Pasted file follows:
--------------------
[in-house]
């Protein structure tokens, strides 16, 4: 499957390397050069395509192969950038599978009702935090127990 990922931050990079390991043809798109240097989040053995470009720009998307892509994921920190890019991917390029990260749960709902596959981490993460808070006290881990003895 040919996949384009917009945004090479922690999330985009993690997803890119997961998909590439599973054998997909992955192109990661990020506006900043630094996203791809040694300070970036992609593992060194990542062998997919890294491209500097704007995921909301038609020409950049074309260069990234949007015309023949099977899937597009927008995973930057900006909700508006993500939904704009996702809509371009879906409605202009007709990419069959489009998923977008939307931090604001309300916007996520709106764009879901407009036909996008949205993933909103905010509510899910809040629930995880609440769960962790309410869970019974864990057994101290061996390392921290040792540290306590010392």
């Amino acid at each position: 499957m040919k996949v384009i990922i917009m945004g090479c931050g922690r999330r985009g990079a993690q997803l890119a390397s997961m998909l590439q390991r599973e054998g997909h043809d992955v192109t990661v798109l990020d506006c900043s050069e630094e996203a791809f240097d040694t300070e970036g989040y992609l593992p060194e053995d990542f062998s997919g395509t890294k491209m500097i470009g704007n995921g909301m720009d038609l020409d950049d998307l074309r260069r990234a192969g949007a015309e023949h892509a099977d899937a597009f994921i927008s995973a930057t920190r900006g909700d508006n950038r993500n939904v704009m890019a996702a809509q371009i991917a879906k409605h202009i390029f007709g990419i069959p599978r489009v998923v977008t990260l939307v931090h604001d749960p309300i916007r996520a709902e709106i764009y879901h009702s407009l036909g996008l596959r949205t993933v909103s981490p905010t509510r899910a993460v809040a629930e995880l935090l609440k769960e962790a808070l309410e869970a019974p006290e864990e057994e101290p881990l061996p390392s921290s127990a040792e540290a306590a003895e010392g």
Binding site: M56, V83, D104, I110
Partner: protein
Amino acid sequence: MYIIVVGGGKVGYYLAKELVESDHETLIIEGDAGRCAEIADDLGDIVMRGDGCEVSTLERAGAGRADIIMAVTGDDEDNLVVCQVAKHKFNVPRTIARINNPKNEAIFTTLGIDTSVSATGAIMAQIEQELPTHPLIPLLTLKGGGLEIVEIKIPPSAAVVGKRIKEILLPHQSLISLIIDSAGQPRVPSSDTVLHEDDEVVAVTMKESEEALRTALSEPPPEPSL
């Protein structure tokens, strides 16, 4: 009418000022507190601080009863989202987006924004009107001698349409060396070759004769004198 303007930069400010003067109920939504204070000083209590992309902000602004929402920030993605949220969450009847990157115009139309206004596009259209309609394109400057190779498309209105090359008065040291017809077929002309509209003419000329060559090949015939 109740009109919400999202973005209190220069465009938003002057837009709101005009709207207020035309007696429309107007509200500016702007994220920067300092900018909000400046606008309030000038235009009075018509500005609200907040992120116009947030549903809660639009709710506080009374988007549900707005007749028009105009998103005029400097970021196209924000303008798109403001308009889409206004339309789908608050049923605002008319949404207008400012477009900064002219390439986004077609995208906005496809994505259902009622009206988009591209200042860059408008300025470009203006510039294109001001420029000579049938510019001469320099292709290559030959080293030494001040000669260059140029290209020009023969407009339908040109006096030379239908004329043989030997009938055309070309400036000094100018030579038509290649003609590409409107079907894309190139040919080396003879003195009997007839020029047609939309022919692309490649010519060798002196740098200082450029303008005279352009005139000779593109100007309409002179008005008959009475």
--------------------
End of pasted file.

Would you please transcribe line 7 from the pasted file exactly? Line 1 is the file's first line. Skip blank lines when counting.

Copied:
């Protein structure tokens, strides 16, 4: 009418000022507190601080009863989202987006924004009107001698349409060396070759004769004198 303007930069400010003067109920939504204070000083209590992309902000602004929402920030993605949220969450009847990157115009139309206004596009259209309609394109400057190779498309209105090359008065040291017809077929002309509209003419000329060559090949015939 109740009109919400999202973005209190220069465009938003002057837009709101005009709207207020035309007696429309107007509200500016702007994220920067300092900018909000400046606008309030000038235009009075018509500005609200907040992120116009947030549903809660639009709710506080009374988007549900707005007749028009105009998103005029400097970021196209924000303008798109403001308009889409206004339309789908608050049923605002008319949404207008400012477009900064002219390439986004077609995208906005496809994505259902009622009206988009591209200042860059408008300025470009203006510039294109001001420029000579049938510019001469320099292709290559030959080293030494001040000669260059140029290209020009023969407009339908040109006096030379239908004329043989030997009938055309070309400036000094100018030579038509290649003609590409409107079907894309190139040919080396003879003195009997007839020029047609939309022919692309490649010519060798002196740098200082450029303008005279352009005139000779593109100007309409002179008005008959009475």